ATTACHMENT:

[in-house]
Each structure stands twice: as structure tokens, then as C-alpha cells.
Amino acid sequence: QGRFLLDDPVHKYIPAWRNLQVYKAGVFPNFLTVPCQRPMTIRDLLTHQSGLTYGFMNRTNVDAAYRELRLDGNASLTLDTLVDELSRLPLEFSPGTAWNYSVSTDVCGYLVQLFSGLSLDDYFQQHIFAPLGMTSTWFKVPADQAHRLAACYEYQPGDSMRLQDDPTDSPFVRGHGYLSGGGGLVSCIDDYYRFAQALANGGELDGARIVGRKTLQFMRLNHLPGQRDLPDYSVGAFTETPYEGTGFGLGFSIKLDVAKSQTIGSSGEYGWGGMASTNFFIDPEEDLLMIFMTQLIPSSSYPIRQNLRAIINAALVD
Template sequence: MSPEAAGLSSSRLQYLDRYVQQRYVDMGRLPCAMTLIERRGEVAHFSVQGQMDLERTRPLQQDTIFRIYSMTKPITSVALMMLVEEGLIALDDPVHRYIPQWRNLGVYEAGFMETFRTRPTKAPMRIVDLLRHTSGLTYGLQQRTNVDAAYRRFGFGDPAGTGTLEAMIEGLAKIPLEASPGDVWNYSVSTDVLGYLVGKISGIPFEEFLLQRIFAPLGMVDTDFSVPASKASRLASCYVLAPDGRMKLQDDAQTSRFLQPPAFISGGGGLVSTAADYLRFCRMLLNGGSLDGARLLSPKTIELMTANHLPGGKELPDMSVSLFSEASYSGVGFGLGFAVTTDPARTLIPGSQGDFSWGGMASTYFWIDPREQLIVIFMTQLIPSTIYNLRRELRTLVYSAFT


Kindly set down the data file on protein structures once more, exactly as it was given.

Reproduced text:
[in-house]
Each structure stands twice: as structure tokens, then as C-alpha cells.
Amino acid sequence: QGRFLLDDPVHKYIPAWRNLQVYKAGVFPNFLTVPCQRPMTIRDLLTHQSGLTYGFMNRTNVDAAYRELRLDGNASLTLDTLVDELSRLPLEFSPGTAWNYSVSTDVCGYLVQLFSGLSLDDYFQQHIFAPLGMTSTWFKVPADQAHRLAACYEYQPGDSMRLQDDPTDSPFVRGHGYLSGGGGLVSCIDDYYRFAQALANGGELDGARIVGRKTLQFMRLNHLPGQRDLPDYSVGAFTETPYEGTGFGLGFSIKLDVAKSQTIGSSGEYGWGGMASTNFFIDPEEDLLMIFMTQLIPSSSYPIRQNLRAIINAALVD
Template sequence: MSPEAAGLSSSRLQYLDRYVQQRYVDMGRLPCAMTLIERRGEVAHFSVQGQMDLERTRPLQQDTIFRIYSMTKPITSVALMMLVEEGLIALDDPVHRYIPQWRNLGVYEAGFMETFRTRPTKAPMRIVDLLRHTSGLTYGLQQRTNVDAAYRRFGFGDPAGTGTLEAMIEGLAKIPLEASPGDVWNYSVSTDVLGYLVGKISGIPFEEFLLQRIFAPLGMVDTDFSVPASKASRLASCYVLAPDGRMKLQDDAQTSRFLQPPAFISGGGGLVSTAADYLRFCRMLLNGGSLDGARLLSPKTIELMTANHLPGGKELPDMSVSLFSEASYSGVGFGLGFAVTTDPARTLIPGSQGDFSWGGMASTYFWIDPREQLIVIFMTQLIPSTIYNLRRELRTLVYSAFT